15 December 2011

Post 458: His Majesty's Dragon

His Majesty's Dragon by Naomi Novik. ISBN: 9780345490728 (eBook).

This book reminded me of Anne McCaffrey's work for several reasons, although the prominent one is probably the notification for it arrived in my inbox hours after hearing about her death (thank you, Twitter). The book was extremely enjoyable and brought me right back to my first encounter with dragons as characters. While McCaffrey's dragons usually don't talk to people other than their riders, and do so only telepathically, Novik's dragons are full fledged characters, and seem much more independent from their riders.

But there are still striking similarities, almost to the point where Novik's work is borderline fan-fiction. I do not intend this statement as a disservice to Novik's writing, which has merits of its own, but to express the reflections I had while reading her work. It really brought back the excitement of reading about dragons and their interactions with humans. The fact that Novik's world is set in the past, rather than the future and another planet makes it all the more interesting to see how she explains the development of history with dragons (this is possibly my favorite aspect of altered histories).

Furthermore, while McCaffrey seemed to focus mainly on female characters as protagonists, it seems she sometimes did so to the exclusion of other characters. Instead, Novik's protagonist (and his dragon) are male, but her female characters are also extraordinarily well-rounded and vibrant without the whole cookie-cutter of being tough... cookies. The women of the Aerial Corps may share some similarities in character, but they are usually the same similarities that the men share, making them characteristics, not of tough women, but of military culture and training. Furthermore, these women are not emotionless (or emotionally conflicted) ice queens, they are passionate about their work and play, and her inclusion of an age range of these women is particularly enjoyable. In fact, this is one of the few books I've read that has been feminist without actually having a female protagonist within recent memory. I think that's something McCaffrey would approve of, and I know her readers will likely enjoy these books with heartfelt nostalgia and hope that McCaffrey's legacy will be continued by other writers, even outside of Pern.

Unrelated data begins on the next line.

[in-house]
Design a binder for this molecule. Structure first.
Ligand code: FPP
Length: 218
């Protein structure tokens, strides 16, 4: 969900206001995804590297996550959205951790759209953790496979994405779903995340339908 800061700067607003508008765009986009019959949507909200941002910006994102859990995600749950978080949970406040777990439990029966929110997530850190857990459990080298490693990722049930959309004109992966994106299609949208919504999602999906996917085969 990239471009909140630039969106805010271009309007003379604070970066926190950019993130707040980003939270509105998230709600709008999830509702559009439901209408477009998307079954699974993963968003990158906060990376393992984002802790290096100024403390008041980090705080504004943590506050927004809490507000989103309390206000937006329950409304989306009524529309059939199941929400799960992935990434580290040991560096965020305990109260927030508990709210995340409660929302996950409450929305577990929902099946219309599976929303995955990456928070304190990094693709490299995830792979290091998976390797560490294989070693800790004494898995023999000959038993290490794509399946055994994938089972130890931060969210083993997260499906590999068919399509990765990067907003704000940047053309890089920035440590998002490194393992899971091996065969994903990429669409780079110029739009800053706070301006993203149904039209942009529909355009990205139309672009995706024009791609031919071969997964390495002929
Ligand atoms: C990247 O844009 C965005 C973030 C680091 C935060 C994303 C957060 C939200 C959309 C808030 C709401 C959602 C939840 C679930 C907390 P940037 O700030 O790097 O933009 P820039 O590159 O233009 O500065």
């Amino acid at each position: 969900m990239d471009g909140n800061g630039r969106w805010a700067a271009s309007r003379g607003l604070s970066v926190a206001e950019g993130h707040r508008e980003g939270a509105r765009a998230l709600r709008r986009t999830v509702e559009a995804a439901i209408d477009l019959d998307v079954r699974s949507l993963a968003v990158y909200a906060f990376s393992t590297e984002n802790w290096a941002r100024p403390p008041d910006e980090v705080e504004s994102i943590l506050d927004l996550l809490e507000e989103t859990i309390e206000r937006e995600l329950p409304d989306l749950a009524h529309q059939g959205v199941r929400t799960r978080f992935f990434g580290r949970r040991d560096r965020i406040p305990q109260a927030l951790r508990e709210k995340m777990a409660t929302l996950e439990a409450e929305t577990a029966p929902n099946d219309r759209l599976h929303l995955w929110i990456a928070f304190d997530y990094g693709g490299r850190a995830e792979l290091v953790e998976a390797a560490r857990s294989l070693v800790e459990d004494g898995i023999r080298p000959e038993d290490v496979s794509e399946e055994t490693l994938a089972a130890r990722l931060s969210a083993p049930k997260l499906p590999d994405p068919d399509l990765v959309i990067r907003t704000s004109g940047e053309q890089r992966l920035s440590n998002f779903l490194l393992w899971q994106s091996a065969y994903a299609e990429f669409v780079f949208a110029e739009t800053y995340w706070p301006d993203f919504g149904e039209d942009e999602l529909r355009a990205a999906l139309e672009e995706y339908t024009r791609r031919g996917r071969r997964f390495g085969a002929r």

PS: Anyone who wants to buy me the series gets to be my best friend for life. Bonus points if you want to read it with me and have a discussion about it.

I first heard of this title through things mean a lot, and generally agree with her sentiments (at least regarding the first book). Also, Queen of the Nerds Felicia Day liked it. So there.
LibsNote: Library copy.


  1. This is a great series. I picked it up on a whim, but I love the historical connection with the fantasy elements.

    I haven't read any of McCaffrey's work in years, so my memory is hazy, but I remember thinking that her dragons had less personality than Novik's. Both are still wonderful!

    I actually haven't read beyond the fourth book, but I have the other two on my shelf. one day...

  2. I might have to break down and buy copies of the next books because they don't have them in the library and only the first online. I really loved Temeraire though, he's so much spunkier than most of McCaffrey's dragons. I am curious if Novik covers moral issues with the dragon breeding program. Does this happen in subsequent books?

  3. do you have a half price books in alabama?

  4. Dayna,
    Apparently nowhere in Alabama is there a Half Priced Books. :-/


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